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Mon, Apr 22, 2019, 11:53am (UTC -5)
Re: VOY S7: Inside Man

I actually quite liked this one. Compared to the general boredom the Voyager crew often inspires at this point, it still feels like a breath of fresh air to get to see the Alpha Quadrant and Project Pathfinder and all the people involved. Reg was great fun as both his real self and his exaggerated hologram version, and Troi was used in a pretty enjoyable way as well (and actually used her empathic abilities in a meaningful way, which was great). From amongst all the "Voyager is going to get home! except not really" episodes, I'd say that "Inside Man" is up there with "Bliss" in terms of actually being enjoyable.
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Thu, Apr 18, 2019, 6:32pm (UTC -5)
Re: VOY S6: Fury

Having finally watched this episode, in some ways it was worse than I could have imagined. Voyager has plenty of jaw-droppingly poor episodes, but as far as insulting the audience goes, this may be the worst. This isn't the usual one-off, easily forgotten pile of lazy writing, poor execution, and half-baked ideas that make up many of the worst Voyager episodes - it's the final episode of a main character from the first half of the show up until this point. To think they waste it on Kes skulking around, having no legitimate interactions with her former crewmates until the very end, and attempting to send all her formerly beloved friends to a horrific death for a completely shallow (and even retcon-based) reason is just...shockingly frustrating.

How sad is it that the closest we get to a real character moment is that final scene with Neelix sadly looking at aged Kes, trying to show her affection while downplaying how much her appearance upsets him? It's hardly even there as a scene, and yet its so much deeper than anything else we get here. As so many others have said, all we're allowed is a huge wasted opportunity coupled with character assassination. I preferred Threshold over this. At least I could laugh at that one. This was just the destruction of a character as pure ratings ploy.

One thing I haven't noticed anyone mention - the attempt at giving Chakotay a crowning moment of glory. He orders "Reverse thrusters, full power!" to which Kim replies "that'll tear the hull apart." In what the writers clearly wanted to be Chakotay's Captain Sulu moment, he yells "then tear it apart!" Alas, despite clearly aping that incredible, character defining moment from STVI, the direction and Beltrand's delivery just can't hold a candle to Takei in that film (the knowledge that no damage on Voyager has consequence making the whole thing feel hollow doesn't help).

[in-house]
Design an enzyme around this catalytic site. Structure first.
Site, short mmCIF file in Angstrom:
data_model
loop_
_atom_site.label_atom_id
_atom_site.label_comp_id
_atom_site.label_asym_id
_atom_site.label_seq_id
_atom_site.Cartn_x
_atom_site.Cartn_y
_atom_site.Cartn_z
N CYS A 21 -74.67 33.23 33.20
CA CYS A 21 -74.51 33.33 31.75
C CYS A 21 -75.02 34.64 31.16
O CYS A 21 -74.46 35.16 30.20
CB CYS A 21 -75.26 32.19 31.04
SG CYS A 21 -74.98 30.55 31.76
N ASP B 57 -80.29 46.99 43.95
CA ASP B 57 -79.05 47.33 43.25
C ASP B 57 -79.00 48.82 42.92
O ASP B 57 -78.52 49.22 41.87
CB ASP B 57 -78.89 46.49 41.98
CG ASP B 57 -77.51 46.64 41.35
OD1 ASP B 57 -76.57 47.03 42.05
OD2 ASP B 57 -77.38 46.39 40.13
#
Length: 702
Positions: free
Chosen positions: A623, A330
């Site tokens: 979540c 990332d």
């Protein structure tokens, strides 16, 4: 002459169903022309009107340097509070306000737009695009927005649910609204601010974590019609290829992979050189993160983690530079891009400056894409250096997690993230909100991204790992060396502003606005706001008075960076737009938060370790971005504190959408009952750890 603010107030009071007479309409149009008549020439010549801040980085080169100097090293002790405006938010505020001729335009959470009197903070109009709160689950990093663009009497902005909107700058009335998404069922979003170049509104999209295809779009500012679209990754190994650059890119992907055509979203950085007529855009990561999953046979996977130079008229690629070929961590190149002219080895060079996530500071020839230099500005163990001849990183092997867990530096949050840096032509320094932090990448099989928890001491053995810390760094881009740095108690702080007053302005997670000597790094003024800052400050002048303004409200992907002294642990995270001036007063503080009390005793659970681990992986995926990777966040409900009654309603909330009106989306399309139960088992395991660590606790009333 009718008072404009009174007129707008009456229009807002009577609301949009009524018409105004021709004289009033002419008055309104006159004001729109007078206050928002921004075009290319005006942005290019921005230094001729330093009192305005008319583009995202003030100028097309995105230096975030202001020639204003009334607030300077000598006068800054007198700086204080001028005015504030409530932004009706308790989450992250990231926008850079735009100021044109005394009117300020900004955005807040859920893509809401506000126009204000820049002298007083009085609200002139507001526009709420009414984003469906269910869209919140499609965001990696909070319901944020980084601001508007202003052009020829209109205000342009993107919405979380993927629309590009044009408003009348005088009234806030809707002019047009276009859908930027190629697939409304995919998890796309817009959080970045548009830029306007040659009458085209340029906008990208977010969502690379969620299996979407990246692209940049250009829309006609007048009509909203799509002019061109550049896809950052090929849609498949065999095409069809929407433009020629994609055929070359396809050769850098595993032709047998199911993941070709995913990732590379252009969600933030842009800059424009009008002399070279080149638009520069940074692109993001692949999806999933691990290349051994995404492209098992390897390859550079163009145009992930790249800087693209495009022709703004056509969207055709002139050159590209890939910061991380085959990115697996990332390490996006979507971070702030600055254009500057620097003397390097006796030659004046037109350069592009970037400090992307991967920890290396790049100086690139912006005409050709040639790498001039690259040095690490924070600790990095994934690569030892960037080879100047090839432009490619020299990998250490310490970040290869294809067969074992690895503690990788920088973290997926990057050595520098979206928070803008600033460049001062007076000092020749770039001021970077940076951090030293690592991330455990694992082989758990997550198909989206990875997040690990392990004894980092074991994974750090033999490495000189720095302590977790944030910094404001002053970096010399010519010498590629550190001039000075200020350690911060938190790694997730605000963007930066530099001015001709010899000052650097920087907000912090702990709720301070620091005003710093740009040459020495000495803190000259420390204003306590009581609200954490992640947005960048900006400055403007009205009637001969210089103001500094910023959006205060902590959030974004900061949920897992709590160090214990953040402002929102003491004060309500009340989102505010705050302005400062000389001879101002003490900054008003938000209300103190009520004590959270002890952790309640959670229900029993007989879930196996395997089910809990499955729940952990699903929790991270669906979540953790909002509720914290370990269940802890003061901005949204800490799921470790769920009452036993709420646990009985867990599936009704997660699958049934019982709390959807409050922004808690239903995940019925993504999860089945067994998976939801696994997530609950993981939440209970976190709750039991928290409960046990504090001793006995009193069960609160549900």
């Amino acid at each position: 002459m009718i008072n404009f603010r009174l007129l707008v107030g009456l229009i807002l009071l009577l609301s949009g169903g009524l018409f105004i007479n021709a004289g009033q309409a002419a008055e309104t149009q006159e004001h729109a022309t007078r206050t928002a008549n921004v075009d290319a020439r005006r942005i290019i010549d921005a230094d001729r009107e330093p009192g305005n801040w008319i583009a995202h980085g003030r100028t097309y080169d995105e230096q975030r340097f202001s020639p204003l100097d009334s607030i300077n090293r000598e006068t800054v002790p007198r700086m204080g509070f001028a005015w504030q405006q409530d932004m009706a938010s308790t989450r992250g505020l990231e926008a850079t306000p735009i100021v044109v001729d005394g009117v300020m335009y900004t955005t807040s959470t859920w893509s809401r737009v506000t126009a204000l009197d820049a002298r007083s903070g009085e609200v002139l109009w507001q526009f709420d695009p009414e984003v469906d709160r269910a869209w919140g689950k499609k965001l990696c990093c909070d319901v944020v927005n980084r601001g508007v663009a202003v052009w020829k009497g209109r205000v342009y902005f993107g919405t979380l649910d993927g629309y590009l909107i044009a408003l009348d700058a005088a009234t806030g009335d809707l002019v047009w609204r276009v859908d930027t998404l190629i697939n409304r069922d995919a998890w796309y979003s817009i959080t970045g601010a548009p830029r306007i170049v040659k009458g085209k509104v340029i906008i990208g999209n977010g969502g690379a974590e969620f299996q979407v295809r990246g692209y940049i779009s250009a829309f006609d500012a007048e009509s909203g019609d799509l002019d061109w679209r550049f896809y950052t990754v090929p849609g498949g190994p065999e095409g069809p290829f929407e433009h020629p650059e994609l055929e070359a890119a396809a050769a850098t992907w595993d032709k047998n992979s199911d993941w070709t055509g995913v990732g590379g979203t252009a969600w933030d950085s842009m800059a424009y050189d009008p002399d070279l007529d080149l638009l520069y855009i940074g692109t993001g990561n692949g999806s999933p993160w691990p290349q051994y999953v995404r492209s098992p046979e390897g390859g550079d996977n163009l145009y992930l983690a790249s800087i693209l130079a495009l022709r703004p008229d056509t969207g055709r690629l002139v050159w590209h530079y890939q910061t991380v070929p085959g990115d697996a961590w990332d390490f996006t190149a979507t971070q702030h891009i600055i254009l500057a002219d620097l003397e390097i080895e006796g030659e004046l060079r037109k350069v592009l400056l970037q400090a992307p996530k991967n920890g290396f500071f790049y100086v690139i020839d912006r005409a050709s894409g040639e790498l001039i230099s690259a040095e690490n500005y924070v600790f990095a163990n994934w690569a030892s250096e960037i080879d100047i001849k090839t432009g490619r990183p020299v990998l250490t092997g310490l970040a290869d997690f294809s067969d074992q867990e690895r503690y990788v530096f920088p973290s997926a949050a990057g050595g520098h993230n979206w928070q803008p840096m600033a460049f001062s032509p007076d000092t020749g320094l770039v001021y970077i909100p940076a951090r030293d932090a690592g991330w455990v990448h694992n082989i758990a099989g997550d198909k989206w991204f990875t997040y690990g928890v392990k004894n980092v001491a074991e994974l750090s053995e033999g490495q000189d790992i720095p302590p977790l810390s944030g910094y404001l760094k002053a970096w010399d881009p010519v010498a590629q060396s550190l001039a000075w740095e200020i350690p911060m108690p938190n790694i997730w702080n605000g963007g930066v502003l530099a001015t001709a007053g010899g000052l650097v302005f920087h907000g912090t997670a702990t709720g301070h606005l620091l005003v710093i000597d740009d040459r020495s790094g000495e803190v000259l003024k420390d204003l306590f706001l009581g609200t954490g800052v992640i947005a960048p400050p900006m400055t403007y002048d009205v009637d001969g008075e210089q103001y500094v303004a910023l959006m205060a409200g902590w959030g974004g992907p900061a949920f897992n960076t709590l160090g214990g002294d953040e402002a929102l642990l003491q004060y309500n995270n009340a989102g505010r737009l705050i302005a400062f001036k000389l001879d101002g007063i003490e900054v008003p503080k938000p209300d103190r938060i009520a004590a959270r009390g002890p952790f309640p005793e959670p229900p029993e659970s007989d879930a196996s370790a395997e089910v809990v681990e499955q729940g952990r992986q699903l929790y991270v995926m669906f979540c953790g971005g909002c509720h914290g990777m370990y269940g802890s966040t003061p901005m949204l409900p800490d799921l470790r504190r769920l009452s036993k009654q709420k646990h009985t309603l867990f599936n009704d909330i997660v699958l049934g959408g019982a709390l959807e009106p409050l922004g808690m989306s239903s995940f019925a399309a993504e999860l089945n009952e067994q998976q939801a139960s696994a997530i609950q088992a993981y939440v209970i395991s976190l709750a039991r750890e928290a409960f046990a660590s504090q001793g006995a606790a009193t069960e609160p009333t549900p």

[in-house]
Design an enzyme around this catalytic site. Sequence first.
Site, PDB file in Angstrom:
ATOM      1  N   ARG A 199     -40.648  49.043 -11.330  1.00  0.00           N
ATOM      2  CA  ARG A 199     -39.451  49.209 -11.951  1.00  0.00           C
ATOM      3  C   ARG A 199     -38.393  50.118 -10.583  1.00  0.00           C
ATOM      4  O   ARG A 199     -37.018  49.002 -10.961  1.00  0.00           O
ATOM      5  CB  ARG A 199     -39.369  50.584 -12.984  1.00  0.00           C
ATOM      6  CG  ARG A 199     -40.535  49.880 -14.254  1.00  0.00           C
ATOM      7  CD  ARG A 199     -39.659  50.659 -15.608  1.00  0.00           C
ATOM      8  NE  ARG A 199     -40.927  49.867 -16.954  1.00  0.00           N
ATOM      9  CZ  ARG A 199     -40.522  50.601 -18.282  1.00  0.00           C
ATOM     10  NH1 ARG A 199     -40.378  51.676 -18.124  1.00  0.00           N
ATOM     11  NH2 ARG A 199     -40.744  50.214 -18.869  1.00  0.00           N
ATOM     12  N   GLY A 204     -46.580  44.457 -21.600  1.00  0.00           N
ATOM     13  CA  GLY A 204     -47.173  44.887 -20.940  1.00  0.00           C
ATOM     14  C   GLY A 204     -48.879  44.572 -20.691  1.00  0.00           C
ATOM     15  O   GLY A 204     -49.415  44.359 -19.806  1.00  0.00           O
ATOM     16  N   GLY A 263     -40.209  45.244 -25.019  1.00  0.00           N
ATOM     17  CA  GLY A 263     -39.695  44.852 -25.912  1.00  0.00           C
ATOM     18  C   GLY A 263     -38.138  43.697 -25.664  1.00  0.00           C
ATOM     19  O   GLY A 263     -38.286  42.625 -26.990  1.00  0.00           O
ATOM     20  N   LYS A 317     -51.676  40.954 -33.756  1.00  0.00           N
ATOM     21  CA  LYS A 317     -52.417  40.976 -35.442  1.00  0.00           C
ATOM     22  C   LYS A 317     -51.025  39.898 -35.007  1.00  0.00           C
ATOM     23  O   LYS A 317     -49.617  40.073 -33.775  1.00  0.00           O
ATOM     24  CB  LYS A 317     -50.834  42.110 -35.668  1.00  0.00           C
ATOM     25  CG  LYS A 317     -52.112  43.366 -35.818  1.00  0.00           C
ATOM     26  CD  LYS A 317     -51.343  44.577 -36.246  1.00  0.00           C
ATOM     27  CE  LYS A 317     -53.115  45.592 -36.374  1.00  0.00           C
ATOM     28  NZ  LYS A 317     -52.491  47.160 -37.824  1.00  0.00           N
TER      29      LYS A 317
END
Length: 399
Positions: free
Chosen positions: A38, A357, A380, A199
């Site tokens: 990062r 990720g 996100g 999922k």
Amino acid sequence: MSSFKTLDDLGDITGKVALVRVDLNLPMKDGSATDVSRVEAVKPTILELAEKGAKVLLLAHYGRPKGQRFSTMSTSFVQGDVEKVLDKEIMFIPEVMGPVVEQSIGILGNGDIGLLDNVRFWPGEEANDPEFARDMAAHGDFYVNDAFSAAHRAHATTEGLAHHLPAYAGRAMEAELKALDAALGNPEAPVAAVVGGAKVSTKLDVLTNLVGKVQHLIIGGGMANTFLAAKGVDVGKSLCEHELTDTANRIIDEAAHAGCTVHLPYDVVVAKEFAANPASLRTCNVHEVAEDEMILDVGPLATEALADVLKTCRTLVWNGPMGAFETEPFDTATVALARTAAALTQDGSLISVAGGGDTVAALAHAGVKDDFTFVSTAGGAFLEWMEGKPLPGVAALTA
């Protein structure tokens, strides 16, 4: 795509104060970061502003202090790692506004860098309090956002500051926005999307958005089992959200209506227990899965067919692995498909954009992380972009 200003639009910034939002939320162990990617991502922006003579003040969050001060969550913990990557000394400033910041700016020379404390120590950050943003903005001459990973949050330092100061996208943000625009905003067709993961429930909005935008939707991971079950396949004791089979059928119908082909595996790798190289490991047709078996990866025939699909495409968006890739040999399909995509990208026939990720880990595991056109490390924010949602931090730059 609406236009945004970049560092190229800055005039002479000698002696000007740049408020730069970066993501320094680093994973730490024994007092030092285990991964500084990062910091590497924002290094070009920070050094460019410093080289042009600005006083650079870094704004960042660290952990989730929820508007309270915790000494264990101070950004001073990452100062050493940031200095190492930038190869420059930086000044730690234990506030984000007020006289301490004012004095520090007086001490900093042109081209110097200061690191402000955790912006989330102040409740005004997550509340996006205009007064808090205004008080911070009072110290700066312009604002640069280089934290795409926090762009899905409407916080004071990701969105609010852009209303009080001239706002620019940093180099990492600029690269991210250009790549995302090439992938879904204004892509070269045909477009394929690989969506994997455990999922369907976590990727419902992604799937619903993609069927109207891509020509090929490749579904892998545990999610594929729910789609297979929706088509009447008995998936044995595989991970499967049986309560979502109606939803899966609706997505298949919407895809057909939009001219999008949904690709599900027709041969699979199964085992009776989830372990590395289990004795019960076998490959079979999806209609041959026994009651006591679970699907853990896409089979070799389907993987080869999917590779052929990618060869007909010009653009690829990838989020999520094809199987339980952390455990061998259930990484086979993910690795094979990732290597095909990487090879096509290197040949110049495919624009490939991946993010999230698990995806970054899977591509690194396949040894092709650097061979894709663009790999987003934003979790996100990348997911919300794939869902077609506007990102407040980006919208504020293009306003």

Overall, I've really been enjoying Voyager these past two seasons, but this episode almost makes me want to rethink my positive feelings for the show as a whole (and just "Live Fast and Prosper, feels strangly like the terrible episodes of seasons 1-3 of the show). I'm glad the next outing is supposedly much better. Too bad there was never another outing for Kes. In some ways, the lasting insult here feels a bit like what happened to Kurn in DS9 - a horrible end to a beloved character that should have been reversed, but never was. But at least the episode in which Kurn's fate was sealed was itself a compelling episode. This, alas, was simply not.
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Wed, Apr 17, 2019, 11:58am (UTC -5)
Re: VOY S6: Live Fast and Prosper

This honestly felt like a season 2 Voyager episode - pretty good premise with some good scenes and aspects, but overall just doesn't come together in a compelling way. Weird pacing, scene progression feels off, and in the end nothing of consequence happens. Almost felt a little bit like that horrible Ferengi episode Voyager did, although not quite as terrible.

Although I will agree with a lot of people and say that Faux-Tuvok was pretty hilarious and endearing. Loved seeing him meet his idol and not quite measure up.
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Fri, Apr 12, 2019, 2:16am (UTC -5)
Re: DSC S2: Such Sweet Sorrow, Part 1

The writers have set the show up to send our main cast into the future--presumably the same point in the timeline as the upcoming Picard show.

That's the reason for the extended dramatic goodbyes. These characters will not get another chance. If the writers build that dramatic structure so explicitly, and then back off from it and have our characters return to their status quo, I will be shocked. You don't extend a season for an episode of farewells without cause. It's clear the writers have wanted to wash their hands of the scenario that began the show, and what better way to do it than to launch into a completely different era?

Here's the other speculation I'm surprised no one has mentioned: could the artificial supernova that our crew is about to generate just before an untrained pilot opens a time portal become the death of Romulus? Explicit mention of the effects of Georgiou's rejected plan seems like it could be load-bearing dialogue.

I do buy the crew staying with the Discovery--not out of loyalty solely to Michael, but to their mission and their ship. If you could time travel a century and a half into the future, would you? I think I might.

I love Po and her ice cream. I'm glad Ash is staying behind. I liked watching Owosekun speak to her family. I suspect Hugh will come with us after all, while Spock of course will need to go.

Okay mom and dad, thanks for flying here from Vulcan out of the blue, but if you telepathically sensed I was in great danger, could you have brought the fleet? Literally any ships? At all? Dad? Doggone it.

I love the Enterprise, and Number One remains one of my most beloved characters in all of Trek. *She's* the one who should get the spinoff!
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Fri, Mar 22, 2019, 3:49pm (UTC -5)
Re: DSC S2: The Red Angel

@Alan Roi
"Drea: Georgiou's bizarre attempt to reunify Stamets and Culber through jealousy will probably raise more hackles among fans than the scene was worth. What are this woman's motives, anyway?

Alan: To get to enjoy herself and have a good time without having to worry about being stabbed in the back for the first time in her life? "